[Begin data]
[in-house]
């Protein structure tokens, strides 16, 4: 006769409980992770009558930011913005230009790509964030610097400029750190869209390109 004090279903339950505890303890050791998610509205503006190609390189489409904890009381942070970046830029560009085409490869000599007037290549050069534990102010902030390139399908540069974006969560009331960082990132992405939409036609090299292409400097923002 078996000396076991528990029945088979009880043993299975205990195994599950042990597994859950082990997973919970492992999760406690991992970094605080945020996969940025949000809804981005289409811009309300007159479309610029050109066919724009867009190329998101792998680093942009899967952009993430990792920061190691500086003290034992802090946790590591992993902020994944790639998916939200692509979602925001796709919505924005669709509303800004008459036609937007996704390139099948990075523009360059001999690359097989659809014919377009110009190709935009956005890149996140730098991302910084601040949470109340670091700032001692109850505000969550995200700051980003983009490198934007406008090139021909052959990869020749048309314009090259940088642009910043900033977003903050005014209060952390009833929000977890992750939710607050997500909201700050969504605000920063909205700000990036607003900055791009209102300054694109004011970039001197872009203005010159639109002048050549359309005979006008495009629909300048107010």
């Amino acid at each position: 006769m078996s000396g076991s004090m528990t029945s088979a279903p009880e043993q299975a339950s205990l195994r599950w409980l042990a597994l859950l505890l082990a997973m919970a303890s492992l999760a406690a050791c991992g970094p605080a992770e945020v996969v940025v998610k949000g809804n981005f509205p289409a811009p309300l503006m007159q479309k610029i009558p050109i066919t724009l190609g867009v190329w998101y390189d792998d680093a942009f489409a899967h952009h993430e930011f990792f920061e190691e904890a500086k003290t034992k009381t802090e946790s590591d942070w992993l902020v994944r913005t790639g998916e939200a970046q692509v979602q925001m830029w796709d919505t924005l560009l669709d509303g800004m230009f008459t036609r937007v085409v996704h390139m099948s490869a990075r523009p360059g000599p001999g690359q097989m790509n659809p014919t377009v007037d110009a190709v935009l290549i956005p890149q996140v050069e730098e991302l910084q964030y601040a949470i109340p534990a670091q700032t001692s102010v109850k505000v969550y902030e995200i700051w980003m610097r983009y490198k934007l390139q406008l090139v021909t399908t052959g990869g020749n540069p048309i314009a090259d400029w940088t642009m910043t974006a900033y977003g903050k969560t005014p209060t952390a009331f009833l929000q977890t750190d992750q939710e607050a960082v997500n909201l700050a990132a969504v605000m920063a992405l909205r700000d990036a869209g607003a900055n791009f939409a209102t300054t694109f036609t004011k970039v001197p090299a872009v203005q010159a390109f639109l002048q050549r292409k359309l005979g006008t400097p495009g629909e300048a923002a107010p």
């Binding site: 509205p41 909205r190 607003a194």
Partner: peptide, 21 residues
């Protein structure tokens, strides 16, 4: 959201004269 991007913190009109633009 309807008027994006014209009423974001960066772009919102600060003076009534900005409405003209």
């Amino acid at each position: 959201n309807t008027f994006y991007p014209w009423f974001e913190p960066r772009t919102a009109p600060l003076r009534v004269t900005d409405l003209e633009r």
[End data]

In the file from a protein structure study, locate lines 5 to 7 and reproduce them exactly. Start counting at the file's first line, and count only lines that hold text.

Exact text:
Partner: peptide, 21 residues
């Protein structure tokens, strides 16, 4: 959201004269 991007913190009109633009 309807008027994006014209009423974001960066772009919102600060003076009534900005409405003209």
């Amino acid at each position: 959201n309807t008027f994006y991007p014209w009423f974001e913190p960066r772009t919102a009109p600060l003076r009534v004269t900005d409405l003209e633009r």